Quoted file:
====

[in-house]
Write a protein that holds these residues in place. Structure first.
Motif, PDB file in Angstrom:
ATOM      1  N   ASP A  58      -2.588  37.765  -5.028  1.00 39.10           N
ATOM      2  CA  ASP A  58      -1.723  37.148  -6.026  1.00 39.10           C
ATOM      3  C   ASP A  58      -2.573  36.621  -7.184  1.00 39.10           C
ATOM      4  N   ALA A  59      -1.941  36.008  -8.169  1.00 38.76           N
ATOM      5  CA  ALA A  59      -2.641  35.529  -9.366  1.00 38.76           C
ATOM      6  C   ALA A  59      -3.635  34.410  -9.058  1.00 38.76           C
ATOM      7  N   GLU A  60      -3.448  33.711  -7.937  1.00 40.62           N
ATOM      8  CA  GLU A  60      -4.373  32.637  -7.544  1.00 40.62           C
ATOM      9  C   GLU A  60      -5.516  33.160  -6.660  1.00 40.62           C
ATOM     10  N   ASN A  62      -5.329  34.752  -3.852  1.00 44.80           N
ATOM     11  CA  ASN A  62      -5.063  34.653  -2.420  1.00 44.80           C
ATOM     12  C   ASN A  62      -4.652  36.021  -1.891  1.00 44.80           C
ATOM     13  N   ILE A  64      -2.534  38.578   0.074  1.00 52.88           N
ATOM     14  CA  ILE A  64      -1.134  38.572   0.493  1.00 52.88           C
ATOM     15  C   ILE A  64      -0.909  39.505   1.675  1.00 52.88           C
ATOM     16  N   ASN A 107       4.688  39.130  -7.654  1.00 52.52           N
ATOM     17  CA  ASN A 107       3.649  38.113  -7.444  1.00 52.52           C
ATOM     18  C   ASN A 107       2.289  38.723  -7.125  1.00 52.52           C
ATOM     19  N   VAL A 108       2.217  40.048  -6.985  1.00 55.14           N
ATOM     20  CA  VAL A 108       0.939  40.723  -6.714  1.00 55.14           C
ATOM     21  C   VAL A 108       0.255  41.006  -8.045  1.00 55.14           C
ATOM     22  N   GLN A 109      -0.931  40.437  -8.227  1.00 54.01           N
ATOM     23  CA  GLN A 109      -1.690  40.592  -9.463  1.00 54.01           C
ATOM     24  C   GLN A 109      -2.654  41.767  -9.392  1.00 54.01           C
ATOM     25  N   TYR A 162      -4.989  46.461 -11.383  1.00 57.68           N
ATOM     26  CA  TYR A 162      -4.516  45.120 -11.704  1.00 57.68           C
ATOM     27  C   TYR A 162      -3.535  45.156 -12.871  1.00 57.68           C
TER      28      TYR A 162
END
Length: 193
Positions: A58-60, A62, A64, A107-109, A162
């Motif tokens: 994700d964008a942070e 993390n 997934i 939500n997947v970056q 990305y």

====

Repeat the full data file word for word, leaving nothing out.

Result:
[in-house]
Write a protein that holds these residues in place. Structure first.
Motif, PDB file in Angstrom:
ATOM      1  N   ASP A  58      -2.588  37.765  -5.028  1.00 39.10           N
ATOM      2  CA  ASP A  58      -1.723  37.148  -6.026  1.00 39.10           C
ATOM      3  C   ASP A  58      -2.573  36.621  -7.184  1.00 39.10           C
ATOM      4  N   ALA A  59      -1.941  36.008  -8.169  1.00 38.76           N
ATOM      5  CA  ALA A  59      -2.641  35.529  -9.366  1.00 38.76           C
ATOM      6  C   ALA A  59      -3.635  34.410  -9.058  1.00 38.76           C
ATOM      7  N   GLU A  60      -3.448  33.711  -7.937  1.00 40.62           N
ATOM      8  CA  GLU A  60      -4.373  32.637  -7.544  1.00 40.62           C
ATOM      9  C   GLU A  60      -5.516  33.160  -6.660  1.00 40.62           C
ATOM     10  N   ASN A  62      -5.329  34.752  -3.852  1.00 44.80           N
ATOM     11  CA  ASN A  62      -5.063  34.653  -2.420  1.00 44.80           C
ATOM     12  C   ASN A  62      -4.652  36.021  -1.891  1.00 44.80           C
ATOM     13  N   ILE A  64      -2.534  38.578   0.074  1.00 52.88           N
ATOM     14  CA  ILE A  64      -1.134  38.572   0.493  1.00 52.88           C
ATOM     15  C   ILE A  64      -0.909  39.505   1.675  1.00 52.88           C
ATOM     16  N   ASN A 107       4.688  39.130  -7.654  1.00 52.52           N
ATOM     17  CA  ASN A 107       3.649  38.113  -7.444  1.00 52.52           C
ATOM     18  C   ASN A 107       2.289  38.723  -7.125  1.00 52.52           C
ATOM     19  N   VAL A 108       2.217  40.048  -6.985  1.00 55.14           N
ATOM     20  CA  VAL A 108       0.939  40.723  -6.714  1.00 55.14           C
ATOM     21  C   VAL A 108       0.255  41.006  -8.045  1.00 55.14           C
ATOM     22  N   GLN A 109      -0.931  40.437  -8.227  1.00 54.01           N
ATOM     23  CA  GLN A 109      -1.690  40.592  -9.463  1.00 54.01           C
ATOM     24  C   GLN A 109      -2.654  41.767  -9.392  1.00 54.01           C
ATOM     25  N   TYR A 162      -4.989  46.461 -11.383  1.00 57.68           N
ATOM     26  CA  TYR A 162      -4.516  45.120 -11.704  1.00 57.68           C
ATOM     27  C   TYR A 162      -3.535  45.156 -12.871  1.00 57.68           C
TER      28      TYR A 162
END
Length: 193
Positions: A58-60, A62, A64, A107-109, A162
């Motif tokens: 994700d964008a942070e 993390n 997934i 939500n997947v970056q 990305y």